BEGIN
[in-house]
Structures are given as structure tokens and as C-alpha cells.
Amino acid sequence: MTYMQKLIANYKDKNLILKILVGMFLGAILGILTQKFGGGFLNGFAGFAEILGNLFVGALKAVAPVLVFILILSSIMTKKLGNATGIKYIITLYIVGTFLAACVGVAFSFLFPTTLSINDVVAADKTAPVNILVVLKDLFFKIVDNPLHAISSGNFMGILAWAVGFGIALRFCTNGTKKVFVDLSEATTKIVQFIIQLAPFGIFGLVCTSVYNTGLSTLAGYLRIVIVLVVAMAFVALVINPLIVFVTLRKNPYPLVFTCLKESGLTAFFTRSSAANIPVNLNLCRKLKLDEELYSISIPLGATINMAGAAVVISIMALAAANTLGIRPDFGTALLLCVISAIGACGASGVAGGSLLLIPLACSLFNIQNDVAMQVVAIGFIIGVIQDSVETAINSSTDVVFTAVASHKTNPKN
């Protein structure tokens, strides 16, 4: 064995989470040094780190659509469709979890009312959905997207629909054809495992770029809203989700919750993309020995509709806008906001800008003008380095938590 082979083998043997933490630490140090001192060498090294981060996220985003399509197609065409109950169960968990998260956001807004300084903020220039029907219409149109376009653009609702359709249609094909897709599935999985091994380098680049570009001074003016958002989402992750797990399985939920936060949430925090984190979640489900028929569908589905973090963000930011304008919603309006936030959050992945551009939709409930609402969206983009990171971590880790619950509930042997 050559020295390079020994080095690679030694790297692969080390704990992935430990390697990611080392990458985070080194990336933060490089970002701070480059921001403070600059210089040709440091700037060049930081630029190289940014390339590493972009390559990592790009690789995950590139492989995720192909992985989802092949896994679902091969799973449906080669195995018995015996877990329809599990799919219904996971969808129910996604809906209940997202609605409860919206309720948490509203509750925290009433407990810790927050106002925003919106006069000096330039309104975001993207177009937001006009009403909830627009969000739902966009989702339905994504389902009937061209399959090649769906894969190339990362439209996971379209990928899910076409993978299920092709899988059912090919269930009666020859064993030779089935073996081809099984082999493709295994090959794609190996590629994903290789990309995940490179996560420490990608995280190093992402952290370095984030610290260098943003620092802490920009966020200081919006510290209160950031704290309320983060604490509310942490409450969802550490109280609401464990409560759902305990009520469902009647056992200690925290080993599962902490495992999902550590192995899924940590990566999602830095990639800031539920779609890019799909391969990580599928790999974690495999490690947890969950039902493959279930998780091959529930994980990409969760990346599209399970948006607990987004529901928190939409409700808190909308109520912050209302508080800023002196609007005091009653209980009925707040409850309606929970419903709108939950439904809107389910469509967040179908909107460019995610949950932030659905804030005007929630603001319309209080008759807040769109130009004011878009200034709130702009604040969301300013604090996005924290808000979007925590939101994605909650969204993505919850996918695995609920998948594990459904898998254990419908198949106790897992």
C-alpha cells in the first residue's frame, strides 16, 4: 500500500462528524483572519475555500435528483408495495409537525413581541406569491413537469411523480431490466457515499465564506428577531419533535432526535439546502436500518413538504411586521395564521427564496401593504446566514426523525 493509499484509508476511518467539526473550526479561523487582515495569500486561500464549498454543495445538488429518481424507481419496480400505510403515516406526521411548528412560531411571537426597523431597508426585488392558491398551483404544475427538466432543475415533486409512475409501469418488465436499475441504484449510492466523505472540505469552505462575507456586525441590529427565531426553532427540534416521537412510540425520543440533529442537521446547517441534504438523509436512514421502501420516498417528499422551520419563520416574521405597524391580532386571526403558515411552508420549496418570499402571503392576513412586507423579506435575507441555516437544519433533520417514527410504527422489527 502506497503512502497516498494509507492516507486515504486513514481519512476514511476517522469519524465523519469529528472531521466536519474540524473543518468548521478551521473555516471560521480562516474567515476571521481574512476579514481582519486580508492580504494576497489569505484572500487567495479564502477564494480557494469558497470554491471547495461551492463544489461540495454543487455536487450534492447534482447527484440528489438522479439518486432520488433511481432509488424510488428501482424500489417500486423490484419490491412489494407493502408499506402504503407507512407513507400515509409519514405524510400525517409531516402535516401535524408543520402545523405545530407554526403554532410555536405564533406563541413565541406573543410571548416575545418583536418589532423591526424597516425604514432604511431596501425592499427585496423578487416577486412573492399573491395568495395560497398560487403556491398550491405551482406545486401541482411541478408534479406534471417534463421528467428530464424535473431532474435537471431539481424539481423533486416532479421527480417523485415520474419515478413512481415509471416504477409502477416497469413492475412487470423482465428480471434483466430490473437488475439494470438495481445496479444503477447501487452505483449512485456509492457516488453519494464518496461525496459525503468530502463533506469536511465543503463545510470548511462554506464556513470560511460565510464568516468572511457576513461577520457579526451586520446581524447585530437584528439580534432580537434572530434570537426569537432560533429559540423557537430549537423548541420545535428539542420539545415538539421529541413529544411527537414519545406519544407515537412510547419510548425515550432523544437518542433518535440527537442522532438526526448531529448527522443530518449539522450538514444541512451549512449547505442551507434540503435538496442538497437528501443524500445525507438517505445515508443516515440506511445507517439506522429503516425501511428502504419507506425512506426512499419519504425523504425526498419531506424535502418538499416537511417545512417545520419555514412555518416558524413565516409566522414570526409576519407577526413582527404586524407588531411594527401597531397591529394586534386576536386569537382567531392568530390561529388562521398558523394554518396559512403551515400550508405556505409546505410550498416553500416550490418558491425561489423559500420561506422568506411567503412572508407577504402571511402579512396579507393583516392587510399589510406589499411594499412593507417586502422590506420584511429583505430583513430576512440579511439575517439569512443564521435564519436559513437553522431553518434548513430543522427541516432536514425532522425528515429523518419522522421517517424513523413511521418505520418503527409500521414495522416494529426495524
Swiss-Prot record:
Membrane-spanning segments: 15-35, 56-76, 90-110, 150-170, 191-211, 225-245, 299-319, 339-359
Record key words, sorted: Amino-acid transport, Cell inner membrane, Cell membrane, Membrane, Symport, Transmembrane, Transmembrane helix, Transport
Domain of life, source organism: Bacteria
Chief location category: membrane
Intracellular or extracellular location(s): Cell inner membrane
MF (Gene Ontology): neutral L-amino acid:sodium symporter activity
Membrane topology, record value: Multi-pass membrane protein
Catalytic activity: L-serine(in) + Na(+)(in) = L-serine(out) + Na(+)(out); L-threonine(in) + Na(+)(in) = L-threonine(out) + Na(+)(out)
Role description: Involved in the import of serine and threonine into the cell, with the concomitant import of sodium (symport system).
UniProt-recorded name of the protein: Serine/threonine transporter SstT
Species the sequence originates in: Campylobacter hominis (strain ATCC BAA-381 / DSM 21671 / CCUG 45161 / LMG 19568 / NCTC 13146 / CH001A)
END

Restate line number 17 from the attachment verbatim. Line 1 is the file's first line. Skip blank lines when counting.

Species the sequence originates in: Campylobacter hominis (strain ATCC BAA-381 / DSM 21671 / CCUG 45161 / LMG 19568 / NCTC 13146 / CH001A)